Explain the benefits clearly. Data about their income and/or sales and purchases can flow straight from their bank account to their books. This means they don’t need to spend precious time transcribing them. They can also get a financial overview at any time which for small business really helps with business planning. On top of that, Making Tax Digital is set to expand and will soon apply to sole traders and landlords. This means that accounting software will go from ‘nice to have’ to essential.
Make sure they maintain proper records
For sole traders and individuals especially, it’s easy to let things slide. But come Self Assessment time, proper records of revenue, outgoings, expenses, evidence of untaxed income and accurate dates - at a very bare minimum - are crucial.
Self-employed clients should also keep business invoices, receipts, bank statements, contributions made to pension schemes and evidence of charitable gift aid donations. Again, you know that but do they?
If your client is prone to a little too much ‘back of a fag packet’ stuff (and they’re not quite ready for MTD yet) they must at least set everything out properly on an Excel spreadsheet. Again this is something you can help them set up. It’s amazing how easily bits of paper, including important documents like P45s and P60s, can get lost.
Obviously there’s a chance HMRC may get back to them in future if there are any issues too. Explain the reasons why this might happen and tell them not to throw any relevant correspondence away!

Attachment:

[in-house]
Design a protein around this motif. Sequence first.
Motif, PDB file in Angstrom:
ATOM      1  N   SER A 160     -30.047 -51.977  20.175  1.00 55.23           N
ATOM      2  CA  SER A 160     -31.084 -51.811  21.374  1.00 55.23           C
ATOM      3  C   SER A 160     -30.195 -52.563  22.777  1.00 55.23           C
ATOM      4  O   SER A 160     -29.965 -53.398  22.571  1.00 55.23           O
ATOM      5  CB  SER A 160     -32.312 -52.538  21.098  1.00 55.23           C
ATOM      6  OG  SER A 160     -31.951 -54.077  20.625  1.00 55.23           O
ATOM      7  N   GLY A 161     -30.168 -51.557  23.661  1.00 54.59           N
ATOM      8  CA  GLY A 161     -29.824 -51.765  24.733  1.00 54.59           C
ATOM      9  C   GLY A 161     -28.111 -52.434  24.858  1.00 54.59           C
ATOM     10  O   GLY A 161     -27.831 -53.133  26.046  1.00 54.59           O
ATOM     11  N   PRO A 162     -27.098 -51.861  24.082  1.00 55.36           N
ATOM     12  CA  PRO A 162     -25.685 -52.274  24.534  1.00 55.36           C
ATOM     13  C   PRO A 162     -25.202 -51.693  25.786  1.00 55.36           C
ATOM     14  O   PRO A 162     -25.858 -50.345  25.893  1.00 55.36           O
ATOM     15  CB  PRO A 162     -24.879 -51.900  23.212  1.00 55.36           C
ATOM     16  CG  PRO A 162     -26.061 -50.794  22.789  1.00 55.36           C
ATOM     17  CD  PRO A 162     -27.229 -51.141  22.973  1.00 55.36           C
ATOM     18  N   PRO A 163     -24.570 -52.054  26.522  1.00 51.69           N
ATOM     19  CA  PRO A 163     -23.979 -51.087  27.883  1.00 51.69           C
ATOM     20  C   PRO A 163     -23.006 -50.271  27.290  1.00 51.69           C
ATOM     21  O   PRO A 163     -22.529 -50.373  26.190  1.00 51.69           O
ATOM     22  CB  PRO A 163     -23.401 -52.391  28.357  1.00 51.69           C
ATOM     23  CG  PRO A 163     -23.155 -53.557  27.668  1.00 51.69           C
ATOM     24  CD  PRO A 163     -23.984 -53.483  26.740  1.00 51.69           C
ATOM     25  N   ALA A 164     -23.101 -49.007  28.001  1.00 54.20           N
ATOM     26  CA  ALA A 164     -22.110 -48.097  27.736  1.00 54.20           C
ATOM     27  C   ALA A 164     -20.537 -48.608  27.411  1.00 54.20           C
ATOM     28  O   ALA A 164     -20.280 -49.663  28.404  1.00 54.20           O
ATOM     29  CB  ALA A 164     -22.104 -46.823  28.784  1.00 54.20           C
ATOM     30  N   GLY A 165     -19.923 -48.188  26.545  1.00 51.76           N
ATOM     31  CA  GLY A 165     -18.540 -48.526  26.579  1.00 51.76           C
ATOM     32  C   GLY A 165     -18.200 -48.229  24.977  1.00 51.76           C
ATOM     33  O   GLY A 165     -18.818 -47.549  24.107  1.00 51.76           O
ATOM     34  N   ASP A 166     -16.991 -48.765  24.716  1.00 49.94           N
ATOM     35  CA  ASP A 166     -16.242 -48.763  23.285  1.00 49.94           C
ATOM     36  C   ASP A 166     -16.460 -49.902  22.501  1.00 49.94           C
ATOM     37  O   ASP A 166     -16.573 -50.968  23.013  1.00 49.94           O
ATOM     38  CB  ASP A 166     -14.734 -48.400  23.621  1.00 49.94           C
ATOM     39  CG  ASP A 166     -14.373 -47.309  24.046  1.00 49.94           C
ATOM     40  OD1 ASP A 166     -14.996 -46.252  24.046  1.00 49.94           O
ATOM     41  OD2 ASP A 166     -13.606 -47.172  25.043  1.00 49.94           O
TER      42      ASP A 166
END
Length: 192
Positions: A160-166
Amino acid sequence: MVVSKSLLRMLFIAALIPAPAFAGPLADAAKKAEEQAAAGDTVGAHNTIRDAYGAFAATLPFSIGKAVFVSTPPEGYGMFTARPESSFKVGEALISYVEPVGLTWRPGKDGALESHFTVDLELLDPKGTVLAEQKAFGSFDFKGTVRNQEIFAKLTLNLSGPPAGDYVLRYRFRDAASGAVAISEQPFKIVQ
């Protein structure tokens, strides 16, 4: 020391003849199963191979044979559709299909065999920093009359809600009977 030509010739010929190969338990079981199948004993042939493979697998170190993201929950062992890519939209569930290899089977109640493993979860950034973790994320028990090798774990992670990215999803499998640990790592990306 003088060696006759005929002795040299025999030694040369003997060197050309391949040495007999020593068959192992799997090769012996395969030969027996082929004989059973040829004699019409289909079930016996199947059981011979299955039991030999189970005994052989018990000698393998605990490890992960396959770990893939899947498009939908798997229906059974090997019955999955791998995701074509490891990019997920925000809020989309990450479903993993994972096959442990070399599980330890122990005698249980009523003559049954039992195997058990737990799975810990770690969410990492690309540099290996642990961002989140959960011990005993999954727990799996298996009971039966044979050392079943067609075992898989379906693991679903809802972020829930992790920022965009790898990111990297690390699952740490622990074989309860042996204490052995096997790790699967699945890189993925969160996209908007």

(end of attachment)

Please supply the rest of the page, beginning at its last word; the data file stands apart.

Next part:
If they’re struggling financially, go through their expenses and tax reliefs with them
Are they aware of all the expenses they can claim to reduce their Self Assessment tax bill? There are all the obvious ones of course - train fares, business insurance, that kind of thing. But many won’t know about the more unique ones to them. They may also need some help apportioning costs if they work from home, such as gas, electric, rent/mortgage and other utility bills. And of course, there’s capital allowances etc too.
Remind them that leaving Self Assessment to the last minute is a really bad idea
“While more than 10.7 million people submitted their 2019/20 returns by the 31 January deadline, the 1.8 million who failed to file is almost double the 958,296 from last year.” - ICAEW
Be sensitive though. We’re living through tough times, and many small businesses and freelancers have seen work decimated by Covid restrictions. For many this will be the first time they’ve not been able to pay their tax bill and the worry will be immense. Some people may have been bereaved, or struggling will illness. And yes, some will simply be completely disorganised. A non-judgemental ear and a few useful tips mean that next year’s Self Assessment payment will hopefully be smoother.
This article was brought to you by Myriad Associates
For over a decade, Myriad Associates has worked as a leading UK R&D tax consultancy filing R&D tax relief claims for both businesses and accountants alike. Offering 7 star service and a 100% success rate, we’re proud of what we do.
Call us on 0207 118 6045 or drop us a message to find out more.